As Claire Shorenstein ’03 neared the finish line of KC-101’s 5K race one clear Sunday early this fall, runners and spectators stared. Despite her high-heeled boots and tight black vinyl suit, the former cross-country runner was keeping up with the other competitors.

Shorenstein, it later turned out, was not taking part in the race: the Yale Symphony Orchestra oboist-turned-sexy-villainess was fleeing from the forces of good.

Running in high heels is one of the least dangerous stunts in this year’s YSO Halloween show, directed by Daniel Persitz ’03 and produced by Andrea Spencer ’03.

The annual silent film, accompanied live by the YSO, regularly features superheroes, chase scenes, and even a few pieces of decidedly non-classical music. Though freshmen may be skeptical of spending Halloween at the symphony, the YSO show typically draws an audience of 3,000. This year’s show, bolstered by a $2,500 budget, boasts explosions, wild animals, and an appearance by a certain vinyl-clad villainess students may remember from a past Halloween show.

Making the video

Like the mafia, the YSO keeps details about the film’s production in the family. This year’s show, which stars Shorenstein, William Strom ’05, Emily Porch ’05 and Persitz, has been in the works since June, when scriptwriting began.

Even though the five writers were spread across the country this summer, they were hard at work. Porch, who co-wrote the script with Persitz, Strom, producer Sarah Post ’04, and conductor Mark Seto ’03, said she took advantage of her easy access to e-mail at work to exchange ideas with the other writers. Persitz said the script was mostly finished by the time school started. At that point, filming began.

Porch said she and her fellow actors would spend two to three hours of each Saturday and Sunday in front of the camera.

“Every weekend consistently since the start of school, we’ve been filming,” Porch said. “That has to be your priority for those two months.”

But being a priority does not mean the film is strictly serious business. Strom said the ability his costume gave him to harass people was always good for a laugh. While he was not signing autographs — in character, of course — or hugging friends who were unable to recognize him as the man behind his mask, he said he always liked to watch spectators’ reactions.

“It’s really hilarious to see people’s looks on their faces when I walk past them in my get-up,” Strom said.

The film also affords another unique opportunity — a chance for the Yale administration to show off its humorous side. Administrators from college deans and masters to President Richard Levin himself have had cameo roles in past films, and Levin has acted in the show’s live scene. Levin said he has had “great fun” appearing in the show, and Persitz said he has enjoyed getting to know the administration in a funny way.

“President Levin knows me now,” Persitz said. “He wouldn’t have gotten to know me otherwise.”

Behind the music

The show was not always an elaborate production. YSO members know few details about the show’s history, but Persitz said the first took place 12 years ago. He said YSO may originally have played an entire symphony, rather than pieces of music selected to go with specific scenes in the movie, as they do now. The project developed more fully in the mid-1990s, but most agree that the show has become a bigger production since Persitz took over.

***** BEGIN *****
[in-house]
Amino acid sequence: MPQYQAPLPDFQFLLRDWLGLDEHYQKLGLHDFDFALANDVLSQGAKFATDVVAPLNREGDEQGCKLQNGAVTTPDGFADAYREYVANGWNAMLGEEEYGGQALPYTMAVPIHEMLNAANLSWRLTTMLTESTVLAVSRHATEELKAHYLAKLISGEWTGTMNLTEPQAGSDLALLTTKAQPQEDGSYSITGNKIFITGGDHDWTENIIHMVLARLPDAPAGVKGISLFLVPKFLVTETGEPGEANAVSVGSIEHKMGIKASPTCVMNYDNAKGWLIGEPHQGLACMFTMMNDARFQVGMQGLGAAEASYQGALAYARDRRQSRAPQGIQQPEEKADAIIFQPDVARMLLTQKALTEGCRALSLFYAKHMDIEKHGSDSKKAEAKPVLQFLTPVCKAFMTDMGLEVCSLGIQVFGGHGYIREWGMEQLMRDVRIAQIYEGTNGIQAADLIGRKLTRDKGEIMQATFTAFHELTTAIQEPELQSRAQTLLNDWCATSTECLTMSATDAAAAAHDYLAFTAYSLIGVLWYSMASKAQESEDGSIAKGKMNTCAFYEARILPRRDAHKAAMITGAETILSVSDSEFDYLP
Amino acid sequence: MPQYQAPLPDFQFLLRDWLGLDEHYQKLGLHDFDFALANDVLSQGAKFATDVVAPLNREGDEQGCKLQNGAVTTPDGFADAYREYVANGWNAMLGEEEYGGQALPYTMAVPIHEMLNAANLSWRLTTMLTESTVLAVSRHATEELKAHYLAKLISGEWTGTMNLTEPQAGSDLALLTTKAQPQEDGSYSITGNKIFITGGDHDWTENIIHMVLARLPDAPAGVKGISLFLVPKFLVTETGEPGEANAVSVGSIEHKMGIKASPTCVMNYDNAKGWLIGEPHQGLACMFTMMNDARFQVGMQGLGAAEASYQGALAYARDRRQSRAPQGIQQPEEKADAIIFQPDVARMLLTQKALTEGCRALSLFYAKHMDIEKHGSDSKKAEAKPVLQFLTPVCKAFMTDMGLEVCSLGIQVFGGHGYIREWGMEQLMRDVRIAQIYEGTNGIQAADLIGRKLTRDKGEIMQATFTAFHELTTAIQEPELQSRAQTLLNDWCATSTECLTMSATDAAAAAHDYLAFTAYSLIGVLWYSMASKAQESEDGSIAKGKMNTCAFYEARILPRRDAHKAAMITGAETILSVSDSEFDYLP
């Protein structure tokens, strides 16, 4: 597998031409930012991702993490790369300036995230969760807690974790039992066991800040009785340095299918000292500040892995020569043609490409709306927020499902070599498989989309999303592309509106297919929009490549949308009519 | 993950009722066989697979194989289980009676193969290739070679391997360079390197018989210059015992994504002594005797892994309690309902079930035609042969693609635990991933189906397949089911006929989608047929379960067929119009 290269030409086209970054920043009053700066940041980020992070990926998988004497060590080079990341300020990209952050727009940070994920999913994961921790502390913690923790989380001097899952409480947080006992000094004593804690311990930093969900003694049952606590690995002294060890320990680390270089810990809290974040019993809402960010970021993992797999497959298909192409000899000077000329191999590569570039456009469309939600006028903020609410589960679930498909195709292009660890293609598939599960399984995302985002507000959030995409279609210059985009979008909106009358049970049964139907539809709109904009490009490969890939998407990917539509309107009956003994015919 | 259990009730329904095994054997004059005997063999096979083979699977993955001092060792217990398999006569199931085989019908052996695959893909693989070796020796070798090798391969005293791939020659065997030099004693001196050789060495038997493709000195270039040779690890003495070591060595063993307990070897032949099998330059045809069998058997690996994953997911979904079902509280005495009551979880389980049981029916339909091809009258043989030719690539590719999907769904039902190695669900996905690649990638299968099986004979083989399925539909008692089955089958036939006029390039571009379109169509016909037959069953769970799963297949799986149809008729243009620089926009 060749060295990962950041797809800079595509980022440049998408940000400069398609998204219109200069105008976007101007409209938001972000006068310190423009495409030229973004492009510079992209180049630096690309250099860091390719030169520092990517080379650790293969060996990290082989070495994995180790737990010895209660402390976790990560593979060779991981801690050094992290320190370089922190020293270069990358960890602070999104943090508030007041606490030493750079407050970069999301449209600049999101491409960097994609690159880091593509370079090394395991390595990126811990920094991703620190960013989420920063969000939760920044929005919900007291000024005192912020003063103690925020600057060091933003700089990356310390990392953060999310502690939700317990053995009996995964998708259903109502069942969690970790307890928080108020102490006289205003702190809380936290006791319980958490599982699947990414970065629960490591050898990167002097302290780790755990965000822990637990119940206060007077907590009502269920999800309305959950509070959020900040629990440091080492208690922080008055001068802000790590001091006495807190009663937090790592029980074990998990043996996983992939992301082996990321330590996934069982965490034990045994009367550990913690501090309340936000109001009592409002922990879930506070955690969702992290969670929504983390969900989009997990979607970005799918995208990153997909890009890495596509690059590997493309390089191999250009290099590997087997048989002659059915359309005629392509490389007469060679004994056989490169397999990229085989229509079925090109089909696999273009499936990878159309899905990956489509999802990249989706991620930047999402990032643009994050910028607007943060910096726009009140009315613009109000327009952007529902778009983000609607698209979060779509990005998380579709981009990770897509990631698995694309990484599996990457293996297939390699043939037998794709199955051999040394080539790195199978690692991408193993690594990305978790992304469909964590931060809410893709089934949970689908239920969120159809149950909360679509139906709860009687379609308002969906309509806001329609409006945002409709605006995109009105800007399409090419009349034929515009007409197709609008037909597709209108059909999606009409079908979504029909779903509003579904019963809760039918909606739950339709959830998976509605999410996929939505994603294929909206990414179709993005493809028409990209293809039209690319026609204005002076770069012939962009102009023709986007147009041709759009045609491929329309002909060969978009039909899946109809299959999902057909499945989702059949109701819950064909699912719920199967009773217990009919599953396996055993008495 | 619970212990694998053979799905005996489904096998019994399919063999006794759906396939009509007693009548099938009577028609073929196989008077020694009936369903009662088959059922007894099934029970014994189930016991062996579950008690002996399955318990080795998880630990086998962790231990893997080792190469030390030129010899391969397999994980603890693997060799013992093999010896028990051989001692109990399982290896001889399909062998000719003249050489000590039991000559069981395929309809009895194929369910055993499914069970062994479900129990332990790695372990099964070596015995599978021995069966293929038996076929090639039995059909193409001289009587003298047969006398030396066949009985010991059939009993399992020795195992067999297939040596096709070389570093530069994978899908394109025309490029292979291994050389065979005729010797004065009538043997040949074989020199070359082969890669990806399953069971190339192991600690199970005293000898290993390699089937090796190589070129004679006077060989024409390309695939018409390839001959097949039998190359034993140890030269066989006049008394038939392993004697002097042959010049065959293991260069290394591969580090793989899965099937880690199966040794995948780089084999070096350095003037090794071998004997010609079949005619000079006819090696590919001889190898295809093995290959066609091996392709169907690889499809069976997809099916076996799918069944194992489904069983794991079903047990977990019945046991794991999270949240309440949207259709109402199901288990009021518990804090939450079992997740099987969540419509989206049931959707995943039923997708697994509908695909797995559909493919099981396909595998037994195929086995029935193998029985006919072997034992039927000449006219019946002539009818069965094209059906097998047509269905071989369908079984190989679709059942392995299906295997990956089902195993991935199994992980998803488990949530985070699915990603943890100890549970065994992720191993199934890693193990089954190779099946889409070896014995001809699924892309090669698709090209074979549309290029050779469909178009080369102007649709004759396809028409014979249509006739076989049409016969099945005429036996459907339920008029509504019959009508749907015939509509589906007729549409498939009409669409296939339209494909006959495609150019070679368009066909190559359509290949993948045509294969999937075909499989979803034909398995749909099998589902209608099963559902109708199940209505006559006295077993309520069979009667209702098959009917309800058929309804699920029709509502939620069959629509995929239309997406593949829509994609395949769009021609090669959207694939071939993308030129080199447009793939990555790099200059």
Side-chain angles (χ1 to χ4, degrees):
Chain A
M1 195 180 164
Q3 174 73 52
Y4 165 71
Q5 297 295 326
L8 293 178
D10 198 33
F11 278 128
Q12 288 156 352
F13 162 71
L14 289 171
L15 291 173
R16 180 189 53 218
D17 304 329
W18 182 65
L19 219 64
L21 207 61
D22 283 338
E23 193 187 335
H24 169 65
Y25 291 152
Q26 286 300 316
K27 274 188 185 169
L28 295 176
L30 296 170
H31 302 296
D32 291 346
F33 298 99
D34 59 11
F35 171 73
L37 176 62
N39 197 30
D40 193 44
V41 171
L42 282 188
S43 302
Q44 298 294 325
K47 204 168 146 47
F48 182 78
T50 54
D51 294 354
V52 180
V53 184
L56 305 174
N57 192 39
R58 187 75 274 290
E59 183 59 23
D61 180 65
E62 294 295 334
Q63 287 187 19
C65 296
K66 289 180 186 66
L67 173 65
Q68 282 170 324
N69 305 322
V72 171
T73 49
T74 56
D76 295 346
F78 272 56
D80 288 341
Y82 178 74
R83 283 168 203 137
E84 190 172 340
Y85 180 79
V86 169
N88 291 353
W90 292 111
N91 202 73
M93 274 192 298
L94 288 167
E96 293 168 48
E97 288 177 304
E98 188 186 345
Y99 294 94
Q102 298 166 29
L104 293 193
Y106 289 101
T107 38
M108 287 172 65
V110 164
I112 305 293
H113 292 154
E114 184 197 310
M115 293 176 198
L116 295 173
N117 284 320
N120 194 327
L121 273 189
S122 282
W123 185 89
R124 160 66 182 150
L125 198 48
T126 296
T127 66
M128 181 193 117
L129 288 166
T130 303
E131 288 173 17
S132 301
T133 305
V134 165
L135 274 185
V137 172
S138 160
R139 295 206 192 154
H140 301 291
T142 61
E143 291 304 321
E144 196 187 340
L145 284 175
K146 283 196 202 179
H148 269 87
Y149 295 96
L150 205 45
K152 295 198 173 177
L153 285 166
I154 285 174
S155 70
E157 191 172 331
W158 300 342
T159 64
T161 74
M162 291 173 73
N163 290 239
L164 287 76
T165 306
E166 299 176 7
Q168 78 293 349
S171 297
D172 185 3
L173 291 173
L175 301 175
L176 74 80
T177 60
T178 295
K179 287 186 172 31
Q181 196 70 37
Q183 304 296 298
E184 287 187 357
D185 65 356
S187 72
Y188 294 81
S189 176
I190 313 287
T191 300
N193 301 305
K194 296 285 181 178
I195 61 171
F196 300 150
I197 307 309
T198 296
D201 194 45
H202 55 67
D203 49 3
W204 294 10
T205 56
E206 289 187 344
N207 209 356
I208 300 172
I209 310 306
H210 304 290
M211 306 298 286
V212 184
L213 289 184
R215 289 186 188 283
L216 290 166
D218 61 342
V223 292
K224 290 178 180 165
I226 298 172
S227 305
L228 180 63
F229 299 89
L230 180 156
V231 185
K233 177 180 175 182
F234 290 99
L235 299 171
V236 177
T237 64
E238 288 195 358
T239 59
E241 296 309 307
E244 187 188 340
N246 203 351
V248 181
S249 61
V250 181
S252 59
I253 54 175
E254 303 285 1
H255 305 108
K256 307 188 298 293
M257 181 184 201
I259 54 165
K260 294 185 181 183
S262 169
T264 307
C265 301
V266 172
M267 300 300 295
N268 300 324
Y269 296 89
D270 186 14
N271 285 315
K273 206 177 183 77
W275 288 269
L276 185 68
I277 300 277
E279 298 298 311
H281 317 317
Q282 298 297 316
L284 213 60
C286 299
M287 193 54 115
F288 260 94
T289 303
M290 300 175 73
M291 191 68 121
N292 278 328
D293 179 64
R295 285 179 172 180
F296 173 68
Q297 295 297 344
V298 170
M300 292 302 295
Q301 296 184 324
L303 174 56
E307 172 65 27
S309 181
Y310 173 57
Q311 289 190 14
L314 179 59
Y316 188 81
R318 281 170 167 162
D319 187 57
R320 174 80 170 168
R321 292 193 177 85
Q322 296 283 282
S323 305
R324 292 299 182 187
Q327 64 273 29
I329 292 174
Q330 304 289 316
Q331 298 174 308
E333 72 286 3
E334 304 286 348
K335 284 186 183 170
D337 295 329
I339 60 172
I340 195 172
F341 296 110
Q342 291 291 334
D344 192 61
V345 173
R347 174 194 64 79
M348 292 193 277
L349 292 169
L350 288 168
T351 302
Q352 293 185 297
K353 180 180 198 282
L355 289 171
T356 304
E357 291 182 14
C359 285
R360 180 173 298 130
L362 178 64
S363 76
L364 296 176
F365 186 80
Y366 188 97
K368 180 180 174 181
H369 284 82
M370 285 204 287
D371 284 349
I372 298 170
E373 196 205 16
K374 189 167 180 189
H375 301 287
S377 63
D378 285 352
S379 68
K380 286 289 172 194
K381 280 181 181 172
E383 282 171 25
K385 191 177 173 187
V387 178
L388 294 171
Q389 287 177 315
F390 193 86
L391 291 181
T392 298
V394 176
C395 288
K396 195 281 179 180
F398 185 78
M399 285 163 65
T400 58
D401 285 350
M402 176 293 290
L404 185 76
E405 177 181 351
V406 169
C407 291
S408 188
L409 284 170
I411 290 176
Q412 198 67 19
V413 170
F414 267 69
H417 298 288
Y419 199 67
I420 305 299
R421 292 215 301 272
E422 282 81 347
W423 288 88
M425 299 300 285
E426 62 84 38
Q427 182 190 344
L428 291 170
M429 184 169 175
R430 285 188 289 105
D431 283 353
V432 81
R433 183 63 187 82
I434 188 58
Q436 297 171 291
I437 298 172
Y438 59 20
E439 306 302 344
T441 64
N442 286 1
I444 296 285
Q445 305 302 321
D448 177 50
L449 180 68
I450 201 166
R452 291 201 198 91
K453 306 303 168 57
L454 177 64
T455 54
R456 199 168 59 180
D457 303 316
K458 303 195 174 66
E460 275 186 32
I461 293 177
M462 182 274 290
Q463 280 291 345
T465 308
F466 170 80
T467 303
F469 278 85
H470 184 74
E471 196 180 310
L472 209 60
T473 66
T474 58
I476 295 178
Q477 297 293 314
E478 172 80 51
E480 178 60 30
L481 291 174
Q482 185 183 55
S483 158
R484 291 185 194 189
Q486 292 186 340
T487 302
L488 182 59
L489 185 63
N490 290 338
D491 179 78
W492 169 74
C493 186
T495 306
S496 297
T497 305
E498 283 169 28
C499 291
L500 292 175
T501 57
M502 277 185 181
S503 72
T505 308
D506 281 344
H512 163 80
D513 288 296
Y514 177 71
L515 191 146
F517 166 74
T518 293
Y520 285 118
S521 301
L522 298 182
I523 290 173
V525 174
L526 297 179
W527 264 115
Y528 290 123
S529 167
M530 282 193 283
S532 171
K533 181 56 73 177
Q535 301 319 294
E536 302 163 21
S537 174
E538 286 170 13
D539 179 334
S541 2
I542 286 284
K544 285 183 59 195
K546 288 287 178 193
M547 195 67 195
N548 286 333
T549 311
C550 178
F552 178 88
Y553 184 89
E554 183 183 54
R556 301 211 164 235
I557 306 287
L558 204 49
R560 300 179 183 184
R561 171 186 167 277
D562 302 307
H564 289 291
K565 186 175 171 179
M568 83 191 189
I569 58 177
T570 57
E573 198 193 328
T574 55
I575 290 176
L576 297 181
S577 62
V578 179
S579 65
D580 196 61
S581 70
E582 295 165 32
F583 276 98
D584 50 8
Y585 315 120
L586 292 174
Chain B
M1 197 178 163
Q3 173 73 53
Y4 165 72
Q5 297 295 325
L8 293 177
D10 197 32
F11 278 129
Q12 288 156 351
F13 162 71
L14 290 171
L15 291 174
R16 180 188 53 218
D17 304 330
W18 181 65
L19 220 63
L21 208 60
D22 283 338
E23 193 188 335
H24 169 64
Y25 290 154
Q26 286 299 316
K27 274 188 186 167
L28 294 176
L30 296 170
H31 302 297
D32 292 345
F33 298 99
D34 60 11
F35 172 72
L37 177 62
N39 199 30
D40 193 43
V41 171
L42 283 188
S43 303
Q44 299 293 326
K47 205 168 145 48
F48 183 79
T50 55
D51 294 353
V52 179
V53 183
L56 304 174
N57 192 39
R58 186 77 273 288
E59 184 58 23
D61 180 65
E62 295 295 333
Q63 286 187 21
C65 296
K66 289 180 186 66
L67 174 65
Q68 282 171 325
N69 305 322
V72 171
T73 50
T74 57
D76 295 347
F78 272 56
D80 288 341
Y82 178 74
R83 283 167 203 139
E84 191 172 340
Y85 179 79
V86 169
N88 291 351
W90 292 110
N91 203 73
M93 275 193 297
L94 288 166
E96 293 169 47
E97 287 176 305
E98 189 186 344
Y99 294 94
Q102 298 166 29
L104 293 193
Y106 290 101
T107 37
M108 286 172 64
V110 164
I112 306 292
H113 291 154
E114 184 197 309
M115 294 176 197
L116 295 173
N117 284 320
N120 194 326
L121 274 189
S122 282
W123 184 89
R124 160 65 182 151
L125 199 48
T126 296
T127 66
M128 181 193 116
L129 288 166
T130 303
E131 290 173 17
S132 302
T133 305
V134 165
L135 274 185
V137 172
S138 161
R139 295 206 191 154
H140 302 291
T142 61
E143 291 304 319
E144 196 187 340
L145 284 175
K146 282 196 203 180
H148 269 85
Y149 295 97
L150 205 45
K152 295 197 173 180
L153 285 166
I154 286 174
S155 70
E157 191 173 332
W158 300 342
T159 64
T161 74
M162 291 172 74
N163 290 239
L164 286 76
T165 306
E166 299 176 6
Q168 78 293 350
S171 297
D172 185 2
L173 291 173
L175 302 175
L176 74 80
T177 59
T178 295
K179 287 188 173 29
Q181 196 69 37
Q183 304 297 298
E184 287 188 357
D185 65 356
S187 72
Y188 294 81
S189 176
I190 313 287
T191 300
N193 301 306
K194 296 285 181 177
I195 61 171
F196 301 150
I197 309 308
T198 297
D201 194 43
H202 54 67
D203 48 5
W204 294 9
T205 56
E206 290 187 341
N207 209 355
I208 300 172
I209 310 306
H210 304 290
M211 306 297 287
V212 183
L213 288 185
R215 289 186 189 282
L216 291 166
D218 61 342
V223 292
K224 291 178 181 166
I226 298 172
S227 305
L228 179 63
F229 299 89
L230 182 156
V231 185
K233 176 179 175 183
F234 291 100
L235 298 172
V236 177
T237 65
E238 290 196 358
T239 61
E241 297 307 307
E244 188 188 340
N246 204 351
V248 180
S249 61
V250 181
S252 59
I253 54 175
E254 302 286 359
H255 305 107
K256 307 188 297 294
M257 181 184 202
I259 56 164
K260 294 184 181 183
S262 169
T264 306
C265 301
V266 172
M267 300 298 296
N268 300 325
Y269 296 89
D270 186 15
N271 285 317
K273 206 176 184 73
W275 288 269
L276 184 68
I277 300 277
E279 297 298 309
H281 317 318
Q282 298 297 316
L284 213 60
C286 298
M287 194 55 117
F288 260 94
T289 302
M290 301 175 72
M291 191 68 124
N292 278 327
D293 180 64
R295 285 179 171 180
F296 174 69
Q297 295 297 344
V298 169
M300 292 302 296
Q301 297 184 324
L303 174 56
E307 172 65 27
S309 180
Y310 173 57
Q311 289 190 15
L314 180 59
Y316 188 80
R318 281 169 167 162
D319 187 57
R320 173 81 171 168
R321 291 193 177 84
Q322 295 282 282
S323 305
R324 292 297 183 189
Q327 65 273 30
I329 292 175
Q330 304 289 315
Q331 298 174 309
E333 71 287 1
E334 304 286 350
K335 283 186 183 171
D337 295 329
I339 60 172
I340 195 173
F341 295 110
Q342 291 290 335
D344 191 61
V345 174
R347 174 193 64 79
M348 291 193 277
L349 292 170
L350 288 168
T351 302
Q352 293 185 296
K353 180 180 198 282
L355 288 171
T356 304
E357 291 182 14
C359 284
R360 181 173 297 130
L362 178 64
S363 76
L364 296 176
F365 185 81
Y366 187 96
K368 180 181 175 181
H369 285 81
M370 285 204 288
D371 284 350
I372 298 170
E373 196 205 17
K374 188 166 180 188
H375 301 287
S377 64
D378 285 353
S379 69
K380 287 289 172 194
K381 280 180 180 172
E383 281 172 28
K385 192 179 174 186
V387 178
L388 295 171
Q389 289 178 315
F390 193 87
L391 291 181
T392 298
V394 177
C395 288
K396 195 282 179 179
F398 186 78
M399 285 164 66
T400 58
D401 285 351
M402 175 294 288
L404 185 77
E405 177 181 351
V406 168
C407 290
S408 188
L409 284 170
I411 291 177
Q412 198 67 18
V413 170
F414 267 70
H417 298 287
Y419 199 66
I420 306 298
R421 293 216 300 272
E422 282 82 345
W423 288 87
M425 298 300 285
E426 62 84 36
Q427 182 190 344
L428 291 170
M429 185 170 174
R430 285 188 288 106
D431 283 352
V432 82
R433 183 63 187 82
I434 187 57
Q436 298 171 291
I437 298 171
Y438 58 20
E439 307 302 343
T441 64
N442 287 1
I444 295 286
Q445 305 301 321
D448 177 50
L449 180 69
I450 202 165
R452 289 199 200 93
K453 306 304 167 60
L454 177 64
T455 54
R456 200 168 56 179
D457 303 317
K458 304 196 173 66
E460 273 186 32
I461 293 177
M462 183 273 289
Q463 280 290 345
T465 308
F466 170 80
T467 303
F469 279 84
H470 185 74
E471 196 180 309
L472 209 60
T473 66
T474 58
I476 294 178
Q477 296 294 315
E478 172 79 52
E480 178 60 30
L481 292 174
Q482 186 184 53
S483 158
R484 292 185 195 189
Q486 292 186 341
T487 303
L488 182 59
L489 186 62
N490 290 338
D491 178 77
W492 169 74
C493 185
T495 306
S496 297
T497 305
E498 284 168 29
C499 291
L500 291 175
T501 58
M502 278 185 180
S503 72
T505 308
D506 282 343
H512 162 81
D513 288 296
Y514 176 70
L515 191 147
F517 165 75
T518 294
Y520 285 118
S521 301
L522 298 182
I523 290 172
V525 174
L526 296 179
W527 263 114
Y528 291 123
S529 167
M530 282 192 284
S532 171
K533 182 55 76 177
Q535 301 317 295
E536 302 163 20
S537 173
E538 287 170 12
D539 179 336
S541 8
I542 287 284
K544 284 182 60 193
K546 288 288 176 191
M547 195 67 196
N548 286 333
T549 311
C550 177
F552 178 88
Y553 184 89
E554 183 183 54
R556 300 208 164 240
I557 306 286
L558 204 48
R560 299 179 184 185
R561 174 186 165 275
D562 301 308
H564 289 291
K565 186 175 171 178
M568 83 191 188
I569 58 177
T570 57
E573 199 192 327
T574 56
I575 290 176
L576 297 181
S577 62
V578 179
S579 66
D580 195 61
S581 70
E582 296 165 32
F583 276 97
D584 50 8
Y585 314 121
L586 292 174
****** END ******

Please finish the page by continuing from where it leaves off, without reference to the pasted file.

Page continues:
“Dan has definitely brought it to a whole new level,” Shorenstein said.

Last year’s viewers may recall the 2001 film’s shots of Superman — Spencer McClelland ’04 — flying. Persitz shot such scenes using a green screen, a solid green background that can be erased digitally so the footage shot in front of it can be superimposed over another background. Persitz said that YSO was the first to use green screen technology on campus.

But Persitz, who has directed the film for three years, did not set out to direct YSO films — he just happened upon the job. During Persitz’s freshman year, the film’s director was not a YSO member, and problems arose during filmmaking. But though YSO members knew they wanted one of their own in the director’s chair, no one seemed to want the job. Succumbing to peer pressure, Persitz volunteered, not realizing the scope of the task before him.

“It really just took over my life,” Persitz said. “I spent all my moments between September and October that year on it.”

These films have steered the course of Persitz’s life, encouraging him to write and direct his own film last semester, and influencing his decision to apply to film school.

The cast and crew were far from seasoned professionals when they began the endeavor. Persitz said his only prior film experience was working at a television show in high school, while Strom said he appeared in numerous plays, but no films. Porch and Shorenstein said they had not acted before.

But Strom said the YSO film’s humor made the transition from stage to film easier than it might have been for some.

“It’s important that the Halloween show be funny more than it’s important that people be able to suspend disbelief,” Strom said. “We didn’t spend a lot of time with this film doing anything terribly subtle with acting.”

The film’s light tone helps draw an audience that might not otherwise attend a classical music concert, Porch said.

“I think it’s good for classical music in general,” Porch said. “People don’t have to go and sit with their hands in their laps.”

Even though YSO members have to temper their liquor-treating before the show, Strom said he does not mind.

“It doesn’t bother me at all that it’s not going to be the drunken bacchanal that it’s become for everybody else,” Strom said. “There are plenty of other times for drunken bacchanals — It’s satisfying for us when people enjoy it.”